Imagining the Urban: The Politics of Race, Class, and Schooling

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Book Chapter

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In the social sciences, there is no paucity of studies about the urban as a “real” place. To take a few examples, in Massey and Denton’s (1993) American Apartheid, the ghetto receives plenty of attention, as a historical process whereby Blacks suffer from Whites’ deliberate construction of housing segregation at the turn of the twentieth Century. In Anyon’s (1997) own analysis of the ghetto, she traces its origins in the political economy and the school systems it produces. Massey and Denton, and Anyon’s sociological accounts have helped scholars and educators understand the “urban” (particularly the ghetto)1 as a concrete place, whose racial and economic formation is material. In this essay, we discuss how “urban reality” is as much an imagined, in addition to a real, place (Berger & Luckmann, 1966). That is, the urban is socially and discursively constructed as a place, which is part of the dialectical creation of the urban as both a real and imagined space. The urban is real insofar as it is demarcated by zones, neighborhoods, and policies. However, it is imagined to the extent that it is replete with meaning, much of which contains contradictions as to exactly what the urban signifies. For instance, there are urban communities that are “positively” urban like the “Upper East Side” of Manhattan, New York, but not Harlem or the South Bronx; Santa Monica and West Hollywood, California but not Compton or Echo Park. In other words, in light of power relations, urban may signify the hallmark of civilization and the advances it offers, or a burden and problem of progress.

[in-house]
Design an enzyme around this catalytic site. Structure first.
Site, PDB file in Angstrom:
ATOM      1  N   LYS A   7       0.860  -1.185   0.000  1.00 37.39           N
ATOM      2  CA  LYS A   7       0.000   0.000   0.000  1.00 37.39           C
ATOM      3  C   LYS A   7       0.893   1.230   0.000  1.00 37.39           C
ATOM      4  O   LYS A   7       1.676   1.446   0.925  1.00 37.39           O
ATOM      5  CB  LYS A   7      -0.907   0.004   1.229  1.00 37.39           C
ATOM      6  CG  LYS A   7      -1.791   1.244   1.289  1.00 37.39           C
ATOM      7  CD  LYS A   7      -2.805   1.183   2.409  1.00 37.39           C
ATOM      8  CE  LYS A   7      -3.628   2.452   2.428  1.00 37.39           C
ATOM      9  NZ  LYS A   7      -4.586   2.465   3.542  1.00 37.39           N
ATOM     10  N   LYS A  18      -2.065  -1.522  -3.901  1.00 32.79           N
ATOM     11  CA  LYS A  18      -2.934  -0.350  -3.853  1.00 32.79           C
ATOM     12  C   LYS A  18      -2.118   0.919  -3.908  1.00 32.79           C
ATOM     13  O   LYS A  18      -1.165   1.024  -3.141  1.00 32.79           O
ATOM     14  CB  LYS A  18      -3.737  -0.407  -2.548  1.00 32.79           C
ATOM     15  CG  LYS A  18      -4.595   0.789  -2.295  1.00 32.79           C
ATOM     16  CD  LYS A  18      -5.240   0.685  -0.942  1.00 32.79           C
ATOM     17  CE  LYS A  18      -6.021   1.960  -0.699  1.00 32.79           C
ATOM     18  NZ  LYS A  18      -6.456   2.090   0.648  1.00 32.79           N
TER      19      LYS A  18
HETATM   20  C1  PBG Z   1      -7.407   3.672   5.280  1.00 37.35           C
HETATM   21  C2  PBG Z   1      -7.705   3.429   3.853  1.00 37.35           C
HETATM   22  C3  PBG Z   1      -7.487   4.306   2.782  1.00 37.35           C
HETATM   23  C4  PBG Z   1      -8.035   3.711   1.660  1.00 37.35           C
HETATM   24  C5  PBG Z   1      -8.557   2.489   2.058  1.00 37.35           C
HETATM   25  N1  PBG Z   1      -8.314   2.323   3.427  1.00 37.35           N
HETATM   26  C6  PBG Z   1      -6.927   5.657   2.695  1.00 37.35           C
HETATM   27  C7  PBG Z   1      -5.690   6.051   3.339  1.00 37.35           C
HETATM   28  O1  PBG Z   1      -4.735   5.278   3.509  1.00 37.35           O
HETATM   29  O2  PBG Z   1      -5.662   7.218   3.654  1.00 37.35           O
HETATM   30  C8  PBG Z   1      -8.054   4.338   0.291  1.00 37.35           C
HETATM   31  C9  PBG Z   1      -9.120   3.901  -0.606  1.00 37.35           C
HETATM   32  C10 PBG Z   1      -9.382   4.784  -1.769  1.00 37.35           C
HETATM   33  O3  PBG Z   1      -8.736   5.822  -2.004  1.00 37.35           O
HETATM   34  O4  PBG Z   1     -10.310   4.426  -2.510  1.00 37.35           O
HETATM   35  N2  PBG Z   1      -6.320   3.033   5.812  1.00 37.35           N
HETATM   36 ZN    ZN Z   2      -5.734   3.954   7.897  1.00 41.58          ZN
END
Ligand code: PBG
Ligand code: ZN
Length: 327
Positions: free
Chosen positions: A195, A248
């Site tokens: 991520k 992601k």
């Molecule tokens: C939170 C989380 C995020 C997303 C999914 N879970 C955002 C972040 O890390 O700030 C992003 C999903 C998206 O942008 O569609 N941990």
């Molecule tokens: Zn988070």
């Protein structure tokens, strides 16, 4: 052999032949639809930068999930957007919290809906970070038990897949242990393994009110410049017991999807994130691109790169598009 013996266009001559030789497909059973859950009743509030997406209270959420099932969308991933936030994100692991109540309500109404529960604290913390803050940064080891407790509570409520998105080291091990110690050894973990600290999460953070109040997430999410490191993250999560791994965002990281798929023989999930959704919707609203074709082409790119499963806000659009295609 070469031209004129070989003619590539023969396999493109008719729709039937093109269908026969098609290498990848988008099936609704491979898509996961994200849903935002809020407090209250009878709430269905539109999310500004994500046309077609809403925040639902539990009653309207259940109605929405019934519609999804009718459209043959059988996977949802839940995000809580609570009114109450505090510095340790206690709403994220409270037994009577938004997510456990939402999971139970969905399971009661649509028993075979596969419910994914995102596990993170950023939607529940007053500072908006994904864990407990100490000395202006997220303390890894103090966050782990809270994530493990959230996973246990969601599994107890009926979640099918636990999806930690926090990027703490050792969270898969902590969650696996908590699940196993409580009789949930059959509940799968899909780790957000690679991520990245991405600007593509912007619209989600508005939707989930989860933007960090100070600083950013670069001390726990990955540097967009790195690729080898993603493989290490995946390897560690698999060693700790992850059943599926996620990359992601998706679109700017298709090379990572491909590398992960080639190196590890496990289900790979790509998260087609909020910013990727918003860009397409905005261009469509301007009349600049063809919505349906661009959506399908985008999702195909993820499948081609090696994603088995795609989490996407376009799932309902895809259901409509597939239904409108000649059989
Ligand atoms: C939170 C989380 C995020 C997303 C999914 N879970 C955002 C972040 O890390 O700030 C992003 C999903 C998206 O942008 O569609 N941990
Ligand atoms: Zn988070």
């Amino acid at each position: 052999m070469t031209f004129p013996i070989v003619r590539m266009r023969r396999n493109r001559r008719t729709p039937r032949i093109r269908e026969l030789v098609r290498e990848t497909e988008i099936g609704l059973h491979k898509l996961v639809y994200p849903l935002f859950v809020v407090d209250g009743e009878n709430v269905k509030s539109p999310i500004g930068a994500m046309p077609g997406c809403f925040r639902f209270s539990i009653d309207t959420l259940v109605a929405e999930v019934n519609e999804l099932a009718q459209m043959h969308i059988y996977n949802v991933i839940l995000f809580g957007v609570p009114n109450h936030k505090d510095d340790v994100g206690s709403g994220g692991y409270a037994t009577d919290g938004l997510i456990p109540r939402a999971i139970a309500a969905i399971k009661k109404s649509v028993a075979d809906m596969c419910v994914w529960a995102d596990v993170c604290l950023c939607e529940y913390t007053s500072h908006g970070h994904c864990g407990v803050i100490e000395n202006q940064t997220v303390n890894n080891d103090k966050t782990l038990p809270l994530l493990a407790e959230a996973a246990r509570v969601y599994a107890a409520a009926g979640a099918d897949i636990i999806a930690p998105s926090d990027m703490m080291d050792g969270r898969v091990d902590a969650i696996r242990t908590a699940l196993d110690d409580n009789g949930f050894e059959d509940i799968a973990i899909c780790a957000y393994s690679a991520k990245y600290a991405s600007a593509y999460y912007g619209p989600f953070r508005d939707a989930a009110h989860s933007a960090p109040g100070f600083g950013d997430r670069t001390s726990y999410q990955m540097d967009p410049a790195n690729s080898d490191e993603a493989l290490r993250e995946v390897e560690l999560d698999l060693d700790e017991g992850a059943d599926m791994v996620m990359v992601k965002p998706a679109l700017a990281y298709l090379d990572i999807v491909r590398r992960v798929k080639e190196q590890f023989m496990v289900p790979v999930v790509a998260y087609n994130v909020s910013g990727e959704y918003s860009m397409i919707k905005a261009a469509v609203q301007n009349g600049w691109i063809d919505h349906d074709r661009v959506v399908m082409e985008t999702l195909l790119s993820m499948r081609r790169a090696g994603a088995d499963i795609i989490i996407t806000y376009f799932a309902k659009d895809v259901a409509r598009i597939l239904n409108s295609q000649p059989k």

Chapter of

International Handbook of Urban Education

Part of

Springer International Handbooks of Education


William T. Pink
George W. Noblit